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Tuesday, 27 June, 2000, 11:34 GMT 12:34 UK
Winners and losers
Opposition leader Morgan Tsvangirai
Tsvangirai is congratulated by supporters
Among the individual winners and losers, several stand out, especially Morgan Tsvangirai, leader of the opposition Movement for Democratic Change, who failed to win a seat despite his party's strong showing.

However no fewer than seven ministers lost their seats, including the Justice Minister, Emmerson Munangagwa, considered a possible heir apparent to President Mugabe.

The controversial war veterans' leader, Chenjerai Hunzvi, was elected to parliament - and so was one of his critics, the white farmer Roy Bennett.

Margaret Dongo, one of only three opposition MPs in the outgoing parliament, lost her seat - but to another opposition candidate.

Ministers out, Hunzvi in

Mr Tsvangirai missed a seat by 2,534 votes. He was standing Buhera North, a rural constituency in the Zanu-PF heartland - a decision he says he does not regret.

The most prominent government casualty, Mr Munangagwa, was crushed by a margin of 2-1 in a rural district by an opponent who had gone into hiding after being attacked by ruling party militants.

The other contender to succeed Mr Mugabe, Sidney Sekeremayi, held his seat by just 63 votes.
Hunzvi, veterans' leader
Hunzvi , veterans' leader, won his first seat in parliament
The Home Affairs Minister, Dumiso Dabengwa, received less than 4,000 of the more than 24,000 votes cast in his district in the southwestern city of Bulawayo - where all seats went to the MDC.

Tourism Minister Simon Kaya-Moyo and Sikhanyiso Ndhlovu, the Deputy Minister for Higher Education, were also among the government casualties.

But government survivors include Kumbirai Kangai, who is currently suspended from his post, as lands and agriculture minister, on corruption charges.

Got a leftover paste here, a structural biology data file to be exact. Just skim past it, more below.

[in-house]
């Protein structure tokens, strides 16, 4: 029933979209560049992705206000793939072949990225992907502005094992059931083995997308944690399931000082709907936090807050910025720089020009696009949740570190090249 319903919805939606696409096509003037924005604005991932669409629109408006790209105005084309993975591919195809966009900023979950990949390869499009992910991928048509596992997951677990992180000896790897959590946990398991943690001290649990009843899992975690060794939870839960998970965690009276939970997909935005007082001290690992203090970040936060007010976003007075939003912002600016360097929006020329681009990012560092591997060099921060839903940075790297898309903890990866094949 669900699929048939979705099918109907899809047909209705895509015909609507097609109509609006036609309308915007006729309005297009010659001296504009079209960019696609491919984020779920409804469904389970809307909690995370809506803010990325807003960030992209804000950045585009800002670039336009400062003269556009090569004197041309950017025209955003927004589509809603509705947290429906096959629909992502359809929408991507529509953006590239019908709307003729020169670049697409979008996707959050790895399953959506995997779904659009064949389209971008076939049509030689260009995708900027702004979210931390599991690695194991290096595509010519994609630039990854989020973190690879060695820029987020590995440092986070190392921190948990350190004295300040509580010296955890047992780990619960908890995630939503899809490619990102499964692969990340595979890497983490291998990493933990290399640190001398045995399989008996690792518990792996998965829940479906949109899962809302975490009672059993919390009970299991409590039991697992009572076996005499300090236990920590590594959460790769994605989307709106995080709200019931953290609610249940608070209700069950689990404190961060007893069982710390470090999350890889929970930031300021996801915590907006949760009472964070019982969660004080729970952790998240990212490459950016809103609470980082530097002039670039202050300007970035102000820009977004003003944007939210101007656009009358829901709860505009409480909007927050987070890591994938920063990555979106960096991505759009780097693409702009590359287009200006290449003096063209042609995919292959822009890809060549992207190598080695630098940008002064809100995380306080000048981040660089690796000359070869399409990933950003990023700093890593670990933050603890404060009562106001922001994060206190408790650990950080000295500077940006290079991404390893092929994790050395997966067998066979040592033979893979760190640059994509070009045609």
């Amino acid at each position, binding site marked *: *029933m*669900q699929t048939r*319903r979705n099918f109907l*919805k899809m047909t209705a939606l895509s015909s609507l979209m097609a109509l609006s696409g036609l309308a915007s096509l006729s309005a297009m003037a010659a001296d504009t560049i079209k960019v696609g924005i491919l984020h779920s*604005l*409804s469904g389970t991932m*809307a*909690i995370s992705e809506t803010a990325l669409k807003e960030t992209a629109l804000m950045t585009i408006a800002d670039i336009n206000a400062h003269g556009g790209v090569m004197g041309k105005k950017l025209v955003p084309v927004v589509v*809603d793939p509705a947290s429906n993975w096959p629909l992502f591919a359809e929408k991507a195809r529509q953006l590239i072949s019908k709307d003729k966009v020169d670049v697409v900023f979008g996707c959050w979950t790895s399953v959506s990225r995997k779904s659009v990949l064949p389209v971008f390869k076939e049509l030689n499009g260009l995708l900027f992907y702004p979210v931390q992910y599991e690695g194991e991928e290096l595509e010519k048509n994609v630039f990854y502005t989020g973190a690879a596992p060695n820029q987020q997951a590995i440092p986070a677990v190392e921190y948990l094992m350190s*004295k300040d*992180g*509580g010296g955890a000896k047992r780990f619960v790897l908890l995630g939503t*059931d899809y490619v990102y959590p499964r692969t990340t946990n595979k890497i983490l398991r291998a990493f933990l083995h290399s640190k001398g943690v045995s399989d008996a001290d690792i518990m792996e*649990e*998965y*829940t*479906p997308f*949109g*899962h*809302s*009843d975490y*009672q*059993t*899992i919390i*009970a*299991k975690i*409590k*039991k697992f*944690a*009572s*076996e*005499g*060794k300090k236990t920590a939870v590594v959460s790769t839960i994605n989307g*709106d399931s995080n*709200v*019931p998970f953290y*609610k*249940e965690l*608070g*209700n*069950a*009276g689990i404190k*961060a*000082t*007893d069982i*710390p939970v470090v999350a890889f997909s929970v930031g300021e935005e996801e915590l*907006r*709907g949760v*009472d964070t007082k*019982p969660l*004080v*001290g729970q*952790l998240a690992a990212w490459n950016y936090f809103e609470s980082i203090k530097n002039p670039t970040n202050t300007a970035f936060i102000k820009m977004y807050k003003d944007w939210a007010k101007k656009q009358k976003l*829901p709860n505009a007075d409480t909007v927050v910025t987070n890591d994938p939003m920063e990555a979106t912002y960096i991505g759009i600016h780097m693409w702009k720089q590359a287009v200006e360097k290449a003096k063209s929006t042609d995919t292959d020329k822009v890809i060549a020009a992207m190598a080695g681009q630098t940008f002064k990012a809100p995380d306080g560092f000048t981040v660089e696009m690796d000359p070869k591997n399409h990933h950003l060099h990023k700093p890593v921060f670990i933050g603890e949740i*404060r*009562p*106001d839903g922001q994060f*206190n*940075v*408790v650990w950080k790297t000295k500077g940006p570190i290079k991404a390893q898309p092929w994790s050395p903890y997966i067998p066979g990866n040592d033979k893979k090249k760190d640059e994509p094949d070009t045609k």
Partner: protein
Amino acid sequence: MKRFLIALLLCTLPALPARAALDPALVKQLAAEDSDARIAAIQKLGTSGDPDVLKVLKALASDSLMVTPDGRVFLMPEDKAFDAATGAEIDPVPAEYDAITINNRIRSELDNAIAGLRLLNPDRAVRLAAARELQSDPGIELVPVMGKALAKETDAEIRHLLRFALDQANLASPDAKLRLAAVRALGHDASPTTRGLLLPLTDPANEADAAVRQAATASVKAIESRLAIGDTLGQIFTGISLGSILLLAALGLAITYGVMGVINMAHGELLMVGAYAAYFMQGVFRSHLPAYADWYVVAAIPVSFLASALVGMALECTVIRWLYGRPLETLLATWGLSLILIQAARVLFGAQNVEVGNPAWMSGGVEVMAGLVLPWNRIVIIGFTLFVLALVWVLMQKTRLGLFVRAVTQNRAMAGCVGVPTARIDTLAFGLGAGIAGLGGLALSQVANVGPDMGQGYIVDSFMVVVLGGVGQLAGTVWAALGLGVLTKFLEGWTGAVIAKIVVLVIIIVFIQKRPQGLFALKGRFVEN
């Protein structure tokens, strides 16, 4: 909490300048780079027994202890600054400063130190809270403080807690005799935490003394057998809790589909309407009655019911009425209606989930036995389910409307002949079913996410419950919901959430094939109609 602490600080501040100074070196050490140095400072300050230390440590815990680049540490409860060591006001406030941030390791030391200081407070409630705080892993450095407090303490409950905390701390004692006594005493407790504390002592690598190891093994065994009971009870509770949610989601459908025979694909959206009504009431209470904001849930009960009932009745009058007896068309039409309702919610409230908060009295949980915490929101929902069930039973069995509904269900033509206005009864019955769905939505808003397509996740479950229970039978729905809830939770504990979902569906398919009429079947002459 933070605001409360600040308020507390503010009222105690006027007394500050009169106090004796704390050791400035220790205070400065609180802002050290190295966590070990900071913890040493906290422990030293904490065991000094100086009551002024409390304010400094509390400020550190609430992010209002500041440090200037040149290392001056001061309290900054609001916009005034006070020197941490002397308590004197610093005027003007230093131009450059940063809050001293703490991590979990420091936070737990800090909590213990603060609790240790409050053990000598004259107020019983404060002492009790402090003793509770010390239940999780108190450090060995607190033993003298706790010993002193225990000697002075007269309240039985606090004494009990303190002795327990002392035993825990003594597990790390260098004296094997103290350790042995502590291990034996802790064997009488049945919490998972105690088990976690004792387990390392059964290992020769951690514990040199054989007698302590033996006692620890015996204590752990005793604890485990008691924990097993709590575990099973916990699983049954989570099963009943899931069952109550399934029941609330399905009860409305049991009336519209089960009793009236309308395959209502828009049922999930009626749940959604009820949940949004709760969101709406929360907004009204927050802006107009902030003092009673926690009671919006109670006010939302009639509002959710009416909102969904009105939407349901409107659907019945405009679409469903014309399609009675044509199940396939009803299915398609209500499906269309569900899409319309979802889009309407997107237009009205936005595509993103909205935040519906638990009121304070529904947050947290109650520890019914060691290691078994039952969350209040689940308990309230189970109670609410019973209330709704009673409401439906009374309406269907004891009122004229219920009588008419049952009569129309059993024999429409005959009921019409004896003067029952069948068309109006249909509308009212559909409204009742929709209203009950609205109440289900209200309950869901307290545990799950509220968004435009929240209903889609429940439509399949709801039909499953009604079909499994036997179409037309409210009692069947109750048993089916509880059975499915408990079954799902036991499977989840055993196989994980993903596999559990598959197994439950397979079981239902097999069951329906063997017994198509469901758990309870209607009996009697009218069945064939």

Former opposition MP Margaret Dongo
Margaret Dongo, whose house was attacked, lost her seat
President Mugabe may choose to use the 30 parliamentary seats at his discretion to restore defeated ministers to parliament.

He can take comfort from the fact that Mr Hunzvi, leader of the war veterans who spearheaded the invasion of more than 1,500 white-owned commercial farms with government support, won a seat for the first time by a comfortable margin in a farming area.

Opposition record

But one of Mr Hunzvi's targets, Roy Bennett, a white farmer and opposition candidate temporarily forced off his property after it was overrun by ruling party militants, won a strong victory in his Chimanimani district near the Mozambican border.
Roy Bennett
Farmer Roy Bennett won a seat after being forced off his land
The prominent white human rights lawyer, David Coltart, was also elected to parliament for the opposition.

Margaret Dongo of the Zimbabwe Union of Democrats lost her seat in Harare to the MDC, securing only 951 votes to the MDC candidate's 12,430.

But another of the three opposition MPs in the outgoing parliament retained his seat, securing parliamentary representation for a third political party, Zanu-Ndonga, led by the Reverend Ndabaningi Sithole.

Zanu-Ndgonga's vice-president, Wilson Khumbula, fought off a strong challenge from a young Zanu-PF businessman.

In Bulawayo, the MDC's secretary-general, Welshman Ncube, trounced his Zanu-PF opponent by 21,100 votes to 2,864.


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27 Jun 00 | Africa
25 Jun 00 | Africa
24 Jun 00 | Africa
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